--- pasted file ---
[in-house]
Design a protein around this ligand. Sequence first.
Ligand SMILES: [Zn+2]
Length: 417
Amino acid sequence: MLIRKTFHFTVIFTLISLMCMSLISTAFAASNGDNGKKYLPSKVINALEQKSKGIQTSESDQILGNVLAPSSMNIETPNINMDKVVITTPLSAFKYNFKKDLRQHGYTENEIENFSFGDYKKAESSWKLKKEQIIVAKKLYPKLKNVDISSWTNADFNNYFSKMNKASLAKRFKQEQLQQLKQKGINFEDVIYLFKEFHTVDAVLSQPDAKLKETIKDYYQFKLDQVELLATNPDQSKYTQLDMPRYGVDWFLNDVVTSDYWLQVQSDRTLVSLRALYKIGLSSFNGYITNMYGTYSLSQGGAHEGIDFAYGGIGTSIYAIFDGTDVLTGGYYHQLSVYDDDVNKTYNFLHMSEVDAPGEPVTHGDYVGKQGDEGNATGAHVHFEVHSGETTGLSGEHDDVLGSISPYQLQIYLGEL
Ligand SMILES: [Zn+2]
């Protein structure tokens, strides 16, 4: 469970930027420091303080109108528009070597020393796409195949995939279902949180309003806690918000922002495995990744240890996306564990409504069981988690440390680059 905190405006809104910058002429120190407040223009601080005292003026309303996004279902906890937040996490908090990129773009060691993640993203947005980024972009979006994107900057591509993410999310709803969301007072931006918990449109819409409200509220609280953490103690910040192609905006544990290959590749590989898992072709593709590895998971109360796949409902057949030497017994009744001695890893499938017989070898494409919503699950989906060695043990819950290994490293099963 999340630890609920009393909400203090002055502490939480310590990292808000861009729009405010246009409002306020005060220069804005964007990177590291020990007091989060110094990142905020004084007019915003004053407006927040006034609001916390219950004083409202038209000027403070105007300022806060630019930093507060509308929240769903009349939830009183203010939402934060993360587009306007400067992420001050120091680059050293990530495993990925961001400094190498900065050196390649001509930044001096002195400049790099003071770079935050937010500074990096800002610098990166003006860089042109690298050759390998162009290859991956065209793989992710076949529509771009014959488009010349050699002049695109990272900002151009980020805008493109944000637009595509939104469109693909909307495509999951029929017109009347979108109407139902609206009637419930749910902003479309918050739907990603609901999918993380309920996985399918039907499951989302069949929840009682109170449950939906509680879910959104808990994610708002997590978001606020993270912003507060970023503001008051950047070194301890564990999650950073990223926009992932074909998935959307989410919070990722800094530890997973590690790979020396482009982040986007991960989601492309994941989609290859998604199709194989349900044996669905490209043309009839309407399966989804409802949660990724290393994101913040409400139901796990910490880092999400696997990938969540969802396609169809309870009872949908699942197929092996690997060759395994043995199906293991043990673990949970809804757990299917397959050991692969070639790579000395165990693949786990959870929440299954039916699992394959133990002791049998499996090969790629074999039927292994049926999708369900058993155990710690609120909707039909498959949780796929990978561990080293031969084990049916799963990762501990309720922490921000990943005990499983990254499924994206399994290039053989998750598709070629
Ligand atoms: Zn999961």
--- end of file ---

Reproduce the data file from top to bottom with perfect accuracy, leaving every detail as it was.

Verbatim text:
[in-house]
Design a protein around this ligand. Sequence first.
Ligand SMILES: [Zn+2]
Length: 417
Amino acid sequence: MLIRKTFHFTVIFTLISLMCMSLISTAFAASNGDNGKKYLPSKVINALEQKSKGIQTSESDQILGNVLAPSSMNIETPNINMDKVVITTPLSAFKYNFKKDLRQHGYTENEIENFSFGDYKKAESSWKLKKEQIIVAKKLYPKLKNVDISSWTNADFNNYFSKMNKASLAKRFKQEQLQQLKQKGINFEDVIYLFKEFHTVDAVLSQPDAKLKETIKDYYQFKLDQVELLATNPDQSKYTQLDMPRYGVDWFLNDVVTSDYWLQVQSDRTLVSLRALYKIGLSSFNGYITNMYGTYSLSQGGAHEGIDFAYGGIGTSIYAIFDGTDVLTGGYYHQLSVYDDDVNKTYNFLHMSEVDAPGEPVTHGDYVGKQGDEGNATGAHVHFEVHSGETTGLSGEHDDVLGSISPYQLQIYLGEL
Ligand SMILES: [Zn+2]
């Protein structure tokens, strides 16, 4: 469970930027420091303080109108528009070597020393796409195949995939279902949180309003806690918000922002495995990744240890996306564990409504069981988690440390680059 905190405006809104910058002429120190407040223009601080005292003026309303996004279902906890937040996490908090990129773009060691993640993203947005980024972009979006994107900057591509993410999310709803969301007072931006918990449109819409409200509220609280953490103690910040192609905006544990290959590749590989898992072709593709590895998971109360796949409902057949030497017994009744001695890893499938017989070898494409919503699950989906060695043990819950290994490293099963 999340630890609920009393909400203090002055502490939480310590990292808000861009729009405010246009409002306020005060220069804005964007990177590291020990007091989060110094990142905020004084007019915003004053407006927040006034609001916390219950004083409202038209000027403070105007300022806060630019930093507060509308929240769903009349939830009183203010939402934060993360587009306007400067992420001050120091680059050293990530495993990925961001400094190498900065050196390649001509930044001096002195400049790099003071770079935050937010500074990096800002610098990166003006860089042109690298050759390998162009290859991956065209793989992710076949529509771009014959488009010349050699002049695109990272900002151009980020805008493109944000637009595509939104469109693909909307495509999951029929017109009347979108109407139902609206009637419930749910902003479309918050739907990603609901999918993380309920996985399918039907499951989302069949929840009682109170449950939906509680879910959104808990994610708002997590978001606020993270912003507060970023503001008051950047070194301890564990999650950073990223926009992932074909998935959307989410919070990722800094530890997973590690790979020396482009982040986007991960989601492309994941989609290859998604199709194989349900044996669905490209043309009839309407399966989804409802949660990724290393994101913040409400139901796990910490880092999400696997990938969540969802396609169809309870009872949908699942197929092996690997060759395994043995199906293991043990673990949970809804757990299917397959050991692969070639790579000395165990693949786990959870929440299954039916699992394959133990002791049998499996090969790629074999039927292994049926999708369900058993155990710690609120909707039909498959949780796929990978561990080293031969084990049916799963990762501990309720922490921000990943005990499983990254499924994206399994290039053989998750598709070629
Ligand atoms: Zn999961």